Lacrosse dream comes true for Maryvale grad

July 02, 1993|By Katherine Dunn | Katherine Dunn,Staff Writer

Back in the seventh grade, Jenny Ulehla first dreamed of playing in a lacrosse World Cup.

As a rookie player at Sanford School in Hockessin, Del., Ulehla watched the U.S. World Cup team practice and pictured herself there someday.

"Kids always have dreams, but when I saw the U.S. team play then, I thought, 'I'd like to be part of that.' I always kept that dream in the back of my head," said Ulehla, now 24 and a Towson resident.

Over Memorial Day weekend, Ulehla's dream came true.

The Maryvale Prep graduate was named to the U.S. team that hopes to defend its World Cup title in Edinburgh, Scotland, in August.

"I can't believe it's actually happened. I've thought about it ever since I first picked up a stick, and it's such an incredible feeling," said Ulehla, a two-time All-America defender at Maryland.

One of the secrets to Ulehla's success at the World Cup team tryouts, which began right after Christmas, may have been her international experience.

Last summer, she toured Australia with the U.S. Under-23 team. Playing against state teams almost every day and the Australian national team four times, Ulehla gained plenty of experience.

"Having that experience under my belt built a lot of confidence. As for my chances [of making the World Cup team], I really thought I was right in there and I would make it or break it myself," said Ulehla, a four-year veteran of the U.S. Squad, a pool of 60 chosen annually from which players are selected for international competition.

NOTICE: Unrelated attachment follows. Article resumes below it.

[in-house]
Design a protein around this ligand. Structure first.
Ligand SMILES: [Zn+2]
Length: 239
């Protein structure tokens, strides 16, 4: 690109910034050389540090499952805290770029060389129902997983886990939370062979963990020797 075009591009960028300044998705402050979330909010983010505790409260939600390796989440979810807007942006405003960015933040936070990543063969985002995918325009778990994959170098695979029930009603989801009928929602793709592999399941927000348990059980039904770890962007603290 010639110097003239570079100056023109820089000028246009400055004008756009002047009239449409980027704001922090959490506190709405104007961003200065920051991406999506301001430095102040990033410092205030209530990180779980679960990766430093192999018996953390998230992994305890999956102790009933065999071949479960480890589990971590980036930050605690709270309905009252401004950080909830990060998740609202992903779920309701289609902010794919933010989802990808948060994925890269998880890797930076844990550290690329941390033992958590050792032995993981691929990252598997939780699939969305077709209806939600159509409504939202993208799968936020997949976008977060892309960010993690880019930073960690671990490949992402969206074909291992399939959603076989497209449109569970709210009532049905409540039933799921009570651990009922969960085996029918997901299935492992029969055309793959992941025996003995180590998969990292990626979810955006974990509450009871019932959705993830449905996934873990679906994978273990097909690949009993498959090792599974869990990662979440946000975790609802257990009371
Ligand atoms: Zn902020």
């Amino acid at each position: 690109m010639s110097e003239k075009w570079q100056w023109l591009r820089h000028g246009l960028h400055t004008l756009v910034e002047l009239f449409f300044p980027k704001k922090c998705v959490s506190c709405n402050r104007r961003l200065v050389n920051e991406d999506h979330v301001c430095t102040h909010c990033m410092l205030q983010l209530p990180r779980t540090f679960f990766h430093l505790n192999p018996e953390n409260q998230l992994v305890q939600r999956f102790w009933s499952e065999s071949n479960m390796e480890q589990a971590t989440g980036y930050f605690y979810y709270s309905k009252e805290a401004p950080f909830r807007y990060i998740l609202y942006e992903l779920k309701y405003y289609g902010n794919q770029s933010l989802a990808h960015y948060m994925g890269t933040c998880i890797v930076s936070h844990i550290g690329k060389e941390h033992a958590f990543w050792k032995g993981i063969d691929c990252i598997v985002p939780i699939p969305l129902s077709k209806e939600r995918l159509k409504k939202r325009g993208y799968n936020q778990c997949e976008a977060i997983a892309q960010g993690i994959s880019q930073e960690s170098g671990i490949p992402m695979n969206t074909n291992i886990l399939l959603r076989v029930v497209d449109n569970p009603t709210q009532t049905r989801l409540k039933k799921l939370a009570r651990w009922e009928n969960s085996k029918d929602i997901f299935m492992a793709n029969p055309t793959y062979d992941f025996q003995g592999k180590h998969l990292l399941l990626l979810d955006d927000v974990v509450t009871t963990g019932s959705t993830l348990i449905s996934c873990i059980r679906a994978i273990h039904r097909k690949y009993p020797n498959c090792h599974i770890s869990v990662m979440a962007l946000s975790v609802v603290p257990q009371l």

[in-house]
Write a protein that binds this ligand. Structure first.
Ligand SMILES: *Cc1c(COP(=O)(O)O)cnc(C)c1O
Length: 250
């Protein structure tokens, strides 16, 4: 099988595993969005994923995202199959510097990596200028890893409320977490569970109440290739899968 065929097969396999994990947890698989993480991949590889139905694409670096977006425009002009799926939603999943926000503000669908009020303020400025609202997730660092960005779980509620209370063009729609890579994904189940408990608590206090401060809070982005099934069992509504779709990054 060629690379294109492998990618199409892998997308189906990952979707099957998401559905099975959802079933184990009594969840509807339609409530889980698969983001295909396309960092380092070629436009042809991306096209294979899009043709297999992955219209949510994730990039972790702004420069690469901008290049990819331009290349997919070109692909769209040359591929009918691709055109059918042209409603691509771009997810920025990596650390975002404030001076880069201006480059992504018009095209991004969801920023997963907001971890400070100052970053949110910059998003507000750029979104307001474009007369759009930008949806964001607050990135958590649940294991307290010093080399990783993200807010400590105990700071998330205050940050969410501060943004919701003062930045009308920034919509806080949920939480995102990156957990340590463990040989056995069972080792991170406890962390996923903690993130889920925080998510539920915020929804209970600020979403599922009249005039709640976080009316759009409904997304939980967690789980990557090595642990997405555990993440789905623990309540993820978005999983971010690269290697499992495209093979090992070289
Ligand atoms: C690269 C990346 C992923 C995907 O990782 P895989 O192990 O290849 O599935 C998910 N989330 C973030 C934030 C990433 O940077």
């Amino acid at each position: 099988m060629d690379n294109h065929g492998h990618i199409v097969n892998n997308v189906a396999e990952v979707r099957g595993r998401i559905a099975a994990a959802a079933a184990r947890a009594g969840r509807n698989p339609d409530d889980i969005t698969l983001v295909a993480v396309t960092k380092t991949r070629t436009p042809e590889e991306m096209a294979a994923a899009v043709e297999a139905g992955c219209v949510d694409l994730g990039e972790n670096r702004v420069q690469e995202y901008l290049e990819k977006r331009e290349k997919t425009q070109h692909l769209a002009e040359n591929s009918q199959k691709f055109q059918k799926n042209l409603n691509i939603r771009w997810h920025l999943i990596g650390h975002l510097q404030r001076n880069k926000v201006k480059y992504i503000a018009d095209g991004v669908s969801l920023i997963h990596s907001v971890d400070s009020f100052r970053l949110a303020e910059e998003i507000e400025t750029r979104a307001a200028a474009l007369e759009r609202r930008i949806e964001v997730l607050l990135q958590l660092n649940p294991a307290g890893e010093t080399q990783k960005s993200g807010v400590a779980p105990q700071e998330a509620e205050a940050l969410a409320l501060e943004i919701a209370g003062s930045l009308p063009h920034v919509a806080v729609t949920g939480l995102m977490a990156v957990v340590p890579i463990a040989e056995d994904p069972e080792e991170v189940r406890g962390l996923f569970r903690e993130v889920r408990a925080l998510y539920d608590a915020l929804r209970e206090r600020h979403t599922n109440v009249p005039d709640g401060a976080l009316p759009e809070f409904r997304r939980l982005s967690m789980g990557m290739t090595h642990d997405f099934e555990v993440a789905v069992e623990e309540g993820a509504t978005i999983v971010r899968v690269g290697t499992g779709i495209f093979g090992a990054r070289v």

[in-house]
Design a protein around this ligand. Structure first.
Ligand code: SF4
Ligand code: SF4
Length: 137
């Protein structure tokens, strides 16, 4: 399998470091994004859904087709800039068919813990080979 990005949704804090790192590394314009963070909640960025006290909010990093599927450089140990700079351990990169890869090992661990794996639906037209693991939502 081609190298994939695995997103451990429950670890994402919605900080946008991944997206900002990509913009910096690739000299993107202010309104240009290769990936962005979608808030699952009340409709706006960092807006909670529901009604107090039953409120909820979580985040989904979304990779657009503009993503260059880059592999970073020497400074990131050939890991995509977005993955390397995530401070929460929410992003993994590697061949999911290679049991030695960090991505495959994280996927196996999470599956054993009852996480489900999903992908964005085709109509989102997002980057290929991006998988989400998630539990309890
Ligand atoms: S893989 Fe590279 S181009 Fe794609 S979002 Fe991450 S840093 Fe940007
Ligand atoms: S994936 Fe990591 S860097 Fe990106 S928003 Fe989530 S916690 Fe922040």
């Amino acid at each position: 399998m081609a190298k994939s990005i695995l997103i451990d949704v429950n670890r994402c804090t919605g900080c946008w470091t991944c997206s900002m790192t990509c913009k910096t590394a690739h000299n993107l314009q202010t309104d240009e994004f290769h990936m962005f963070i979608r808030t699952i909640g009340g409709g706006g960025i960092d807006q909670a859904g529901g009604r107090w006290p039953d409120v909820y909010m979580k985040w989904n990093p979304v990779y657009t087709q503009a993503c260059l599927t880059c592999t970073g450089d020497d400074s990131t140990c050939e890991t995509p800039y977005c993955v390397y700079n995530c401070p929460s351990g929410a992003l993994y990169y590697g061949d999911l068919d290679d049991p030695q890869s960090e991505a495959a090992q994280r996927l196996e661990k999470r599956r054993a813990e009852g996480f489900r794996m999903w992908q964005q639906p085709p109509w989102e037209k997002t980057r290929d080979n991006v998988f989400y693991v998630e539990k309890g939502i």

Throughout the World Cup selection process, which began with open tryouts and a quick cut to 40, Ulehla commuted from her assistant coaching job at Dartmouth in New Hampshire to practices in the Middle Atlantic area one weekend a month.

Finally, at the United States Women's Lacrosse Association National Tournament in Ohio over the Memorial Day weekend, the team was cut to 16 plus eight alternates.

Among the alternates is Erin Brown, a Fallston graduate who may know more about Ulehla's abilities than anyone after playing against her every day for two years in practice at Maryland.

"Jenny's very intense," said Brown, an attack player. "She has the kind of patience that's very difficult for a defender to have. She doesn't get overzealous and try to check. She knows the important part is to maintain the body check, and when she has [the stick check], she takes it."

During the past 12 years, Ulehla steadily worked toward a spot on the World Cup team, but at one point she had to give up the sport altogether.

After the eighth grade, her family moved to Los Angeles, where there was no lacrosse. The next move, however, brought her to Maryland, where she helped Maryvale win back-to-back Association of Independent Schools championships.

Right after high school graduation, Ulehla's dream received some reinforcement when she watched the U.S. team lose the World Cup to Australia near Philadelphia in 1986.

"I set a real goal then. I was really inspired by the whole international experience," said Ulehla, who played two years at Loyola before transferring to Maryland.

In her first year at Maryland, she earned second-team All-America honors and an invitation to try out for the U.S. Squad. She made the U.S. Squad and went on to receive first-team All-America honors in her final season at Maryland.

After coaching at Towson State in 1992, Ulehla moved to Dartmouth this spring. She's not sure whether coaching has a place in her future, and right now, she will concentrate on playing.

"I love the sport, but it is difficult. It's very time-consuming and it can be an expense," said Ulehla, although the USWLA will pay her way to Scotland. "When I was in New Hampshire, it was really difficult. You work every single day, then fly down here, get here late and train the whole weekend and then go back. But I absolutely love it or I wouldn't do it."

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